Google.org, a Google fund aimed at supporting data based solutions for some of humanity’s greatest challenges, chose to award a competitive grant to Tel Aviv University for high-impact research employing Data Science and Artificial Intelligence (AI) to combat COVID-19. This step is one of many taken by Google in its ongoing effort to contribute to the global battle against the pandemic while also promoting its “AI for Social Good” research program – headed by, among others, Prof. Yossi Matias, Vice President at Google and CEO of the Research and Development Center at Google Israel. The Israeli center is a key player in Google’s endeavors to combat COVID-19, and also to help protect populations faced with natural disasters such as floods, earthquakes and wildfires.

The grant is being awarded to TAU’s AI and Data Science Center for research employing AI techniques and advanced statistical methods to improve COVID-19 public health measures. Using data from government ministries (Health, Transport, etc.) and the Israel Central Bureau of Statistics, the researchers intend to build an accurate high-resolution model of the spread of the pandemic and then use it to plan and test various methods for stopping infection. This interdisciplinary research brings together TAU scientists from the Porter School of the Environment and Earth Sciences, the School of Public Health, the Department of Statistics and Operations Research, the Blavatnik School of Computer Science, the School of Electrical Engineering, and the Gertner Institute for Epidemiology and Health Policy Research.

Prof. Meir Feder, Head of the AI and Data Science Center at Tel Aviv University: “We’re proud that Google has chosen to award this significant grant to our center in order to expand COVID-19 research in Israel. This grant will support the development of AI and Reinforcement Learning based tools for planning and examining the effects of different steps on the spread of the pandemic. The research findings will be used by decision-makers in their efforts to establish policies for stopping the pandemic.”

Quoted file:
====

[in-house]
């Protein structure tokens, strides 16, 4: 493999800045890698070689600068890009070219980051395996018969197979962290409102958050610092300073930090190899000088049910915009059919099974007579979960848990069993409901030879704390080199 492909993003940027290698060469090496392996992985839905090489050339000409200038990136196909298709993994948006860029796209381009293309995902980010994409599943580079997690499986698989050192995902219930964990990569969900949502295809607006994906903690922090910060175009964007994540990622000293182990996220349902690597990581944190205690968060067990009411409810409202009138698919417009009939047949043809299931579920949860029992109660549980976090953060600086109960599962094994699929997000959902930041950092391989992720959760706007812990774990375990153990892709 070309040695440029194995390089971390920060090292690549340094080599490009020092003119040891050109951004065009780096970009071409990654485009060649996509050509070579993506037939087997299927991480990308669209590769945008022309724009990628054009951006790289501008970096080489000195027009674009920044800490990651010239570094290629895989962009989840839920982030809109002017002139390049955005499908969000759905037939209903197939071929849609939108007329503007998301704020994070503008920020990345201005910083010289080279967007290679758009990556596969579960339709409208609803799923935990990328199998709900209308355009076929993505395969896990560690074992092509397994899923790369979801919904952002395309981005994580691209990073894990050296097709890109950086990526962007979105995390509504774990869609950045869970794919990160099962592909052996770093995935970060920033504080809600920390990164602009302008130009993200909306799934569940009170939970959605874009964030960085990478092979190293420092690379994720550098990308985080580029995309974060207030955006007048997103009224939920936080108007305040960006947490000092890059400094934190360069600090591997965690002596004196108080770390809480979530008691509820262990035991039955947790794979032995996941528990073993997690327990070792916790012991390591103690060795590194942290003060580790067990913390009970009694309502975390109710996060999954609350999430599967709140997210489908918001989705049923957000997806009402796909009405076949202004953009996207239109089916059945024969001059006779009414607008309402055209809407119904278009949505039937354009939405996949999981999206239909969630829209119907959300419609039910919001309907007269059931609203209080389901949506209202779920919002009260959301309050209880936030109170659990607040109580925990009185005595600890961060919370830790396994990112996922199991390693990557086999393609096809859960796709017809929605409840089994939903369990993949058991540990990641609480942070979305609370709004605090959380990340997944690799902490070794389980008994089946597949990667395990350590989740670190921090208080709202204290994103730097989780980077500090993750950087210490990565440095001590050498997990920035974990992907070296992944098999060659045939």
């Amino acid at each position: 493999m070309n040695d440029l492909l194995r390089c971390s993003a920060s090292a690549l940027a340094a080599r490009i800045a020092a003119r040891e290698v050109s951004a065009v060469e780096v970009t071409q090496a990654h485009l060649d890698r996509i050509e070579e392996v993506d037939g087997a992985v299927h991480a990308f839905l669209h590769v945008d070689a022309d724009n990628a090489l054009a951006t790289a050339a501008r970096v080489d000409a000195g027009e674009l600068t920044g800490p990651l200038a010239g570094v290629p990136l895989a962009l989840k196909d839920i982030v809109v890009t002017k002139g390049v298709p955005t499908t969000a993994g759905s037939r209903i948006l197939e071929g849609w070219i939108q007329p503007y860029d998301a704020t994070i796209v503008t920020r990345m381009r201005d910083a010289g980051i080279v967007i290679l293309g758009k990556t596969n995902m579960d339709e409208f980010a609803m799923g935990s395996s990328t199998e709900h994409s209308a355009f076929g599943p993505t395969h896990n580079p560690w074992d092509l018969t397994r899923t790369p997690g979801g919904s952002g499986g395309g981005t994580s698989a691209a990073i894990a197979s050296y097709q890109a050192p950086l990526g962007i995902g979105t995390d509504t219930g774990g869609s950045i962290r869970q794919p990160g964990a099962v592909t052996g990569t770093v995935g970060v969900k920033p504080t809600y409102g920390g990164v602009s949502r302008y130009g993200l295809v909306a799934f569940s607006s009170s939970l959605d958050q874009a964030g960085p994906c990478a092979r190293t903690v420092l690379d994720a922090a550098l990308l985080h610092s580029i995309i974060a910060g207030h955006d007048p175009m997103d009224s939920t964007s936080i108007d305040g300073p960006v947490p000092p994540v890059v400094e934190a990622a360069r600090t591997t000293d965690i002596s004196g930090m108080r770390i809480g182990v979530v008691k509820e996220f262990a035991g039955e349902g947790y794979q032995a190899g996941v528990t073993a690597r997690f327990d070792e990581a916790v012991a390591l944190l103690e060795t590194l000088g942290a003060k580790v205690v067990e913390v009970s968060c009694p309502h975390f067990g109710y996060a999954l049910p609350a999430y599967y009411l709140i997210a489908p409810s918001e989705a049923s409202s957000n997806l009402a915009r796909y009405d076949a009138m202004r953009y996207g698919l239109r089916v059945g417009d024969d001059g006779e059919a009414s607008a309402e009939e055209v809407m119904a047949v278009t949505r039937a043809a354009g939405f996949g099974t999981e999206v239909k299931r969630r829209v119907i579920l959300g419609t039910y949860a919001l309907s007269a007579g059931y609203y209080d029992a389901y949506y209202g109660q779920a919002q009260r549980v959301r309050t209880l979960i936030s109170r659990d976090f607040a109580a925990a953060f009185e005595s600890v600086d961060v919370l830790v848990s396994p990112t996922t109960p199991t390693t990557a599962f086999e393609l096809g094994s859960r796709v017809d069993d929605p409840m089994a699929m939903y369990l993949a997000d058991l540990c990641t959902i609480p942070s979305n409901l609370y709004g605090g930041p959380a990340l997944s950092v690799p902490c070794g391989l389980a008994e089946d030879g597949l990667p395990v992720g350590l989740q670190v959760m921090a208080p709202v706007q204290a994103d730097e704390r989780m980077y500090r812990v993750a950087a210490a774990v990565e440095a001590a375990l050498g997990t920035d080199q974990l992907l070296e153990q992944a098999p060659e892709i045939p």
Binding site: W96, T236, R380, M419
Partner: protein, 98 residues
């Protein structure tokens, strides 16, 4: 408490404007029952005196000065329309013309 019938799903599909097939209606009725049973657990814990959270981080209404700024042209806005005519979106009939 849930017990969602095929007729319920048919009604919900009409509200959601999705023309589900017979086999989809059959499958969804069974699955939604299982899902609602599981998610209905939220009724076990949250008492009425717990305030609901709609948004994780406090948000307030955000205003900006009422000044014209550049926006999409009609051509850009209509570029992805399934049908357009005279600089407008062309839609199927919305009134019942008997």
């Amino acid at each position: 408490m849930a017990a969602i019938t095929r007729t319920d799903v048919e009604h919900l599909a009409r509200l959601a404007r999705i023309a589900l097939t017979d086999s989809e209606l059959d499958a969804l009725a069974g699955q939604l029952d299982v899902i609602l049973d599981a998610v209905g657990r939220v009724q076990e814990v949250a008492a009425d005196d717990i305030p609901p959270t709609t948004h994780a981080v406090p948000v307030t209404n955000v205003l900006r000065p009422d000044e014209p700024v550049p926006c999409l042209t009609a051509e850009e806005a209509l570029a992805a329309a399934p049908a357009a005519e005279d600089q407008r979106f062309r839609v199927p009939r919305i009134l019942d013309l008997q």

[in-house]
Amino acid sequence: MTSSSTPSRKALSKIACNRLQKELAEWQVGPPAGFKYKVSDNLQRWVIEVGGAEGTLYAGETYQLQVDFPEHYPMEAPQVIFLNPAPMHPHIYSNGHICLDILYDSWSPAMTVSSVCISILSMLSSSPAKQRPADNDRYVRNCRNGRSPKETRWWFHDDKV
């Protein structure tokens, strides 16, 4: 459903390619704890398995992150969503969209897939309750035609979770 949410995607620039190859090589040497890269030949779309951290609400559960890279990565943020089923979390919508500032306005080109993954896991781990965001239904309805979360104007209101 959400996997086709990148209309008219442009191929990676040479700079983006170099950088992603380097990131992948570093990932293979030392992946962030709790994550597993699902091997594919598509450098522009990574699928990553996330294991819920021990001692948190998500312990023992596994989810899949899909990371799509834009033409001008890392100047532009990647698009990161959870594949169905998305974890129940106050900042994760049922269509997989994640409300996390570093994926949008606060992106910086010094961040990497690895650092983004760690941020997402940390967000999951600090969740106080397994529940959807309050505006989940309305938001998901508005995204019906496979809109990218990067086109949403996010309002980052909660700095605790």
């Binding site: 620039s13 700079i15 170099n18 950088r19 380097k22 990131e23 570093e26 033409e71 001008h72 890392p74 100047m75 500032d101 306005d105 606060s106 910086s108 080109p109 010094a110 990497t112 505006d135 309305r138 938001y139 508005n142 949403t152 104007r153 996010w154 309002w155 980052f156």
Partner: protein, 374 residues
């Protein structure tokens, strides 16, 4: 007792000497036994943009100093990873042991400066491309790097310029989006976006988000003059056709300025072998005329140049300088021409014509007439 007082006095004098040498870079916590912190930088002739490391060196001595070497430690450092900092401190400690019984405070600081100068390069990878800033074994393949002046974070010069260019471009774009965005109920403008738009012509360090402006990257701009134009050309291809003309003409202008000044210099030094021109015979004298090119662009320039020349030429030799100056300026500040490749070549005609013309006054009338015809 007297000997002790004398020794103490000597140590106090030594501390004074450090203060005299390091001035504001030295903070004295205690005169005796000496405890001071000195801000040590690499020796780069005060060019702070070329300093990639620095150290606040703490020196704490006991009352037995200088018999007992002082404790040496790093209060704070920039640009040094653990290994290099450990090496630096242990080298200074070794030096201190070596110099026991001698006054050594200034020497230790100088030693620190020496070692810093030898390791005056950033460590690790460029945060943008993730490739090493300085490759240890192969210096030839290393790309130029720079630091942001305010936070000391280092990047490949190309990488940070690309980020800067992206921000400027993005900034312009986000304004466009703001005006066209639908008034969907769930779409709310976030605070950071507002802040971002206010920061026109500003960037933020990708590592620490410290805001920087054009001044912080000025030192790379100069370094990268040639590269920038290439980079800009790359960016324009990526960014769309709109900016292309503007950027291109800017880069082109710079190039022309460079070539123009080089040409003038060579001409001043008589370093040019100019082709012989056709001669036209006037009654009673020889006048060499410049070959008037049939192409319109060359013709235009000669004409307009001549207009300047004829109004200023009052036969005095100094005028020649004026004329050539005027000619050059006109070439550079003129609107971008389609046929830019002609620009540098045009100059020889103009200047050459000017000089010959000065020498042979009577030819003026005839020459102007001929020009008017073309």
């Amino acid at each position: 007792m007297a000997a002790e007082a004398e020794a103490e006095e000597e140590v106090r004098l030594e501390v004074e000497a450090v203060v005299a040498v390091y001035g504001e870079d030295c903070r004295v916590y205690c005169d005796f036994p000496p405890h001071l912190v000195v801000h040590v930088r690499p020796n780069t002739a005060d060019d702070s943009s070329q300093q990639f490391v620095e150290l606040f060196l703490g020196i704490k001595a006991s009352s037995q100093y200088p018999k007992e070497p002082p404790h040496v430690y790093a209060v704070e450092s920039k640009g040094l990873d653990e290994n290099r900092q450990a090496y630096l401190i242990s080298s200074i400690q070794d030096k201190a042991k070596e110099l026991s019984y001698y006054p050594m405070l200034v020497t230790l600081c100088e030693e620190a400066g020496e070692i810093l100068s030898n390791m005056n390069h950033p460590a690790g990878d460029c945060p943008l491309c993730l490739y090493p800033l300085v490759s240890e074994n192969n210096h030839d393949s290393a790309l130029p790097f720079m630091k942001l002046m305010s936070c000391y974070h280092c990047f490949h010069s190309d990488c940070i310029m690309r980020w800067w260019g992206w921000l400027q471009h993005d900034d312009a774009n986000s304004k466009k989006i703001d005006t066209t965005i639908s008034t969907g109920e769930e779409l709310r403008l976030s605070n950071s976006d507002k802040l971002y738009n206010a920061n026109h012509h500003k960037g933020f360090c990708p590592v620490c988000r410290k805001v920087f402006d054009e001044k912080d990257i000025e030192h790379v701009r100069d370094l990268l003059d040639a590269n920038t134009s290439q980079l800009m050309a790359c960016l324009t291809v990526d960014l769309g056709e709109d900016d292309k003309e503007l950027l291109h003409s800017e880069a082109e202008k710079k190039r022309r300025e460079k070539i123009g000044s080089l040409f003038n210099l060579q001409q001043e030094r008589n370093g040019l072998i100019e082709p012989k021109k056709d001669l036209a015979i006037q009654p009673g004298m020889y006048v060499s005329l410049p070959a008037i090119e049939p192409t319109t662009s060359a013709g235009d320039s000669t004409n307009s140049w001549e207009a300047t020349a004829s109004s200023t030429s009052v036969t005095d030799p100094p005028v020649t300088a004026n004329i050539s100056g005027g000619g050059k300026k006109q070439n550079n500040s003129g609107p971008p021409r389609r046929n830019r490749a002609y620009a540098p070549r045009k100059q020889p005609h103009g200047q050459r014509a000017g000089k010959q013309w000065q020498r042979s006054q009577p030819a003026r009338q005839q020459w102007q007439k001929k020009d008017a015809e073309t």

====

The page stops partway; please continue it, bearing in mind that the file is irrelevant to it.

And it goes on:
Featured image: Prof. Meir Feder, Head of the AI and Data Science Center at Tel Aviv University

TAU Experts on Omicron: “Don’t Panic”

Our COVID-19 researchers weigh in on the latest strain.

As scientists race to understand the newest Omicron variant of COVID-19, Tel Aviv University experts share insights—largely reassuring—on the situation. The latest coronavirus strain dominating headlines was first discovered in South Africa in November. Cases have since emerged around the globe, including in Israel. Under the auspices of TAU’s Center for Combating Pandemics, dozens of teams across campus are contributing to global efforts to understand and combat the pandemic. Here is what they are saying about Omicron:  

“Keep Calm and Carry On”— with Protection 

Amid the media maelstrom and uncertainty surrounding Omicron, Dr. Oren Kobiler of the Sackler Faculty of Medicine proscribes the popular adage “keep calm and carry on.” 

“It is best not to panic over Omicron,” he says.​ “This new variant will not change the entire dynamic of the disease. Vaccine efficacy against severe illness was maintained against all variants so far, and it is unlikely that their efficacy will decrease against this variant.” ​

​From a biological and virological perspective, he notes that the Omicron variant is unique and needs further examination. However, the best thing for the general public to do is get fully vaccinated and wear masks. 

“The worst-case scenario is that we will face another wave of infection, but that should not lead to higher rates of mortality due to current vaccination rates,” he says.  

Kobiler, a virology expert, says that Israel is among countries with the highest rates of COVID-19 booster vaccination among its population. “Several immunological studies indicated that this gives us an edge for fighting new variants.” 

“Until everyone is vaccinated, though, we will keep seeing more mutations and variants,” he stresses, adding that widespread inoculation is particularly critical in developing countries where infection and mortality rates are significantly higher than in wealthier nations.  

Get Booster Shots ASAP 

  Prof. Eran Bacharach

The emergence of the Omicron variant has raised questions about the efficacy of booster shots in their current form as opposed to revamped inoculations that may emerge in the future.

Prof. Eran Bacharach, of the Wise Faculty of Life Sciences and a member of the Israeli Ministry of Health’s COVID-19 Vaccine Advisory Team, implores the public to get third injections as soon as possible of COVID-19 vaccines rather than waiting for new versions that may be better formulated to target Omicron. 

“It will still take at least several months before new versions of COVID-19 vaccines are available on the market,” says Bacharach, the head of the molecular virology lab at the Shmunis School of Biomedicine and Cancer Research.  

Prof. Adi Stern, also of the Shmunis School, echoes Kobiler and Bacharach’s calls, adding that until there are updated vaccines, additional new variants will likely emerge. She explains that the spread of infection within a population—or “chain of infection”—is what enables the development of mutations and variants.